It is prohibited by law to drive off-road in Iceland and the punishment for doing so is very high fine. Driving off-road can result in serious damage to the vegetation as is extremely sensitive. F-roads are special mountain roads in the highlands that is allowed to drive on, but it is very important to stay on those roads at all time. Most mountain roads are closed during the winter and it is not recommended to drive those road except with a expert driver guide and an appropriate vehicle. In the summertime it is possible to drive on those roads with a 4X4 vehicles and it is recommended that two or more cars always travel together. Always be well prepared before a journey to the highland of Iceland.
In Iceland people drive on the right side of the road and most of the roads are single lane in each directions with no barriers in the middle.
Like in every other country it is very dangerous to drive when you are tired. In the summer time in Iceland it is bright outside for 24 hours so people sometimes forget the time. It is very important to stop the car and rest when feeling tired.
Even though it doesn’t seem like there is much traffic on Icelandic roads it is very dangerous to stop the car in the middle of the road when you see something amazing on the way. If stopping for a photo try to find safe place to park the car and be careful when turning off the main road by slowing down in time and give indicators.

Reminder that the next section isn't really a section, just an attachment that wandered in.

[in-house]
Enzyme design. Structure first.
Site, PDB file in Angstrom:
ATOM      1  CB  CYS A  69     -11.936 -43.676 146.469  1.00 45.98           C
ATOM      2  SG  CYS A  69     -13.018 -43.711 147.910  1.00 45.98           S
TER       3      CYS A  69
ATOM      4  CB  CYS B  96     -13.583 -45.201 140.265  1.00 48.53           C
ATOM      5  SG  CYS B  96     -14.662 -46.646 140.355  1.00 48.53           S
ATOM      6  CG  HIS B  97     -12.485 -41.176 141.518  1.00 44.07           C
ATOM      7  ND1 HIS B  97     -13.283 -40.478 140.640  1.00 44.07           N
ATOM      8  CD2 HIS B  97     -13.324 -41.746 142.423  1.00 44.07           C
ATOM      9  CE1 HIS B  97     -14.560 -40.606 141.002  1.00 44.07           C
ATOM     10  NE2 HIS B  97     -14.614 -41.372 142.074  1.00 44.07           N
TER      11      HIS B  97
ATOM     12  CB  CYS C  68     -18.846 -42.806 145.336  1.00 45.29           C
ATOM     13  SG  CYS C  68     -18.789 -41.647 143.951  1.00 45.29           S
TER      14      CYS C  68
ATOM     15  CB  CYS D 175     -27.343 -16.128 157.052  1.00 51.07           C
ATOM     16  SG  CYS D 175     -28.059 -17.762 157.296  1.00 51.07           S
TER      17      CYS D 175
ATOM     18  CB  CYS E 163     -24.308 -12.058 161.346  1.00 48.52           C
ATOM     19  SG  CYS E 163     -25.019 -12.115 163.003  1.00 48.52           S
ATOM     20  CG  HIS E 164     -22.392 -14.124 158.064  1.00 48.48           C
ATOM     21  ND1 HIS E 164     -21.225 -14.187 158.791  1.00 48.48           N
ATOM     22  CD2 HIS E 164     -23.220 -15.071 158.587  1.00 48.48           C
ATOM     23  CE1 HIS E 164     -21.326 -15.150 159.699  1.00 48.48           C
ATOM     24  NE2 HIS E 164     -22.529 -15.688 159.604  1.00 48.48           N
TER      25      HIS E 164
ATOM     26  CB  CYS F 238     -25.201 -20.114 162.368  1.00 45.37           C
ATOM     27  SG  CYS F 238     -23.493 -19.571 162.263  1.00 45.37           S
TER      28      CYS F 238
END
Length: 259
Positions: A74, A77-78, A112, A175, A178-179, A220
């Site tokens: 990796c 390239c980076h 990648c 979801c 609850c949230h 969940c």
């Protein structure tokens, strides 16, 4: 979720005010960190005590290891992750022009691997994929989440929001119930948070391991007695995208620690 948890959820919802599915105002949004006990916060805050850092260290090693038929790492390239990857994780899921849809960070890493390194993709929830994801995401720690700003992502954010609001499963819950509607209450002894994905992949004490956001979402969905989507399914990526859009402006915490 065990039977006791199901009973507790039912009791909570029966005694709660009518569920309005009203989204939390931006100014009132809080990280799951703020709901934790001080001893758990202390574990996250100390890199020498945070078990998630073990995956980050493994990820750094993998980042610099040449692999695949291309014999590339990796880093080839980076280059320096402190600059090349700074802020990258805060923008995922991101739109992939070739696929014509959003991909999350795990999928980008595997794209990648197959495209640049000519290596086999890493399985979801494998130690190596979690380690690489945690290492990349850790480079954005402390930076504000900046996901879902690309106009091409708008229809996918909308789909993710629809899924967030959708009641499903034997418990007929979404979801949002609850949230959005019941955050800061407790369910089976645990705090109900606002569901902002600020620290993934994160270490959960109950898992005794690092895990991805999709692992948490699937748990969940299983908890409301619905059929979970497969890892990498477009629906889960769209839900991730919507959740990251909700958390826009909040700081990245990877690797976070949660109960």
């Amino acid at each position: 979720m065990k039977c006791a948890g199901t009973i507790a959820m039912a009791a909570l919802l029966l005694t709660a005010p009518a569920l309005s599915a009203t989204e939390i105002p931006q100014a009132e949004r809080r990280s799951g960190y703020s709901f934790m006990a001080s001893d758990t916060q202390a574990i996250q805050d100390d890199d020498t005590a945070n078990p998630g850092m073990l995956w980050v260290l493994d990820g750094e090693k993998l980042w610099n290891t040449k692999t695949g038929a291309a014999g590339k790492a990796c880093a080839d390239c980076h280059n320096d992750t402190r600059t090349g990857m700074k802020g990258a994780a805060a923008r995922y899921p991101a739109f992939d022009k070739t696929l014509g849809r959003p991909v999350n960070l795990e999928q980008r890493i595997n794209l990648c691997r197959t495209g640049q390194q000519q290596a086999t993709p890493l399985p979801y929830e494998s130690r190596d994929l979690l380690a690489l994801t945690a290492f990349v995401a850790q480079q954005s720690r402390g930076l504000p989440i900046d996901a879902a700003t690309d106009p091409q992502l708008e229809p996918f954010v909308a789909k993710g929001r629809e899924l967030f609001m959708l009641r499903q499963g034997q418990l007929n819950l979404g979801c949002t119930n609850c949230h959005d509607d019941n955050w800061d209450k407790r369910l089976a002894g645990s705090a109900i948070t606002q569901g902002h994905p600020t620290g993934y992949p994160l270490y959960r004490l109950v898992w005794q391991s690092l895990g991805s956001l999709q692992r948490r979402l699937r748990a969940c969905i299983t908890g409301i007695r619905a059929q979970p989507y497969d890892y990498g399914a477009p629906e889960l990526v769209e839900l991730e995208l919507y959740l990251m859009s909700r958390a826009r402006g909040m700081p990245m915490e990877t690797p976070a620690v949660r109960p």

When travelling around Iceland remember to fill the gas tank when near to a gas station. There are gas stations in every town in Iceland and throughout the country. Most gas stations are open until 20:00-23:30 but that can vary from town to town. Usually they can still be operated after closing hours and accept credit card or cash.
Weather in Iceland
The weather in Iceland is very unpredictable and can change unexpectedly and very fast from being sunshine and blue sky to heavy rain and wind. It is therefore very important to check the weather forecast at all times and be prepared for all types of weather. Read more about the Icelandic weather here. When travelling in Iceland check these website:
Icelandic winter and driving
Driving in the winter is a lot different than in the summer time in Iceland. You have to be prepared for all kinds of weather; rain, sunshine, heavy wind or snowstorm. The weather can also vary in different region of Iceland. Make sure to pay attention to weather road signs. They will give you information about the weather and if the road is closed or if there is a storm. If the average wind goes over 20 m/s you should be very careful and even consider not driving, especially if driving larger vehicle. Keep in mind that the days are very short in Iceland during the winter and the route usually take longer than google maps indicates because of road conditions, 5 hour drive on Google Maps can become 8-10 hours.
Things you should bring with you when driving during the winter in Iceland:
- GPS and a regular map
- Clothes for all kinds of weather
- Snacks and water
- Make sure that the car you are driving is fitted with good winter tires.
For more information
The Road Traffic Directorate of Iceland prepared this video on How to Drive in Iceland and we recommend to watch it, it is only 9 minutes.
Also this brochure can be useful to take with you.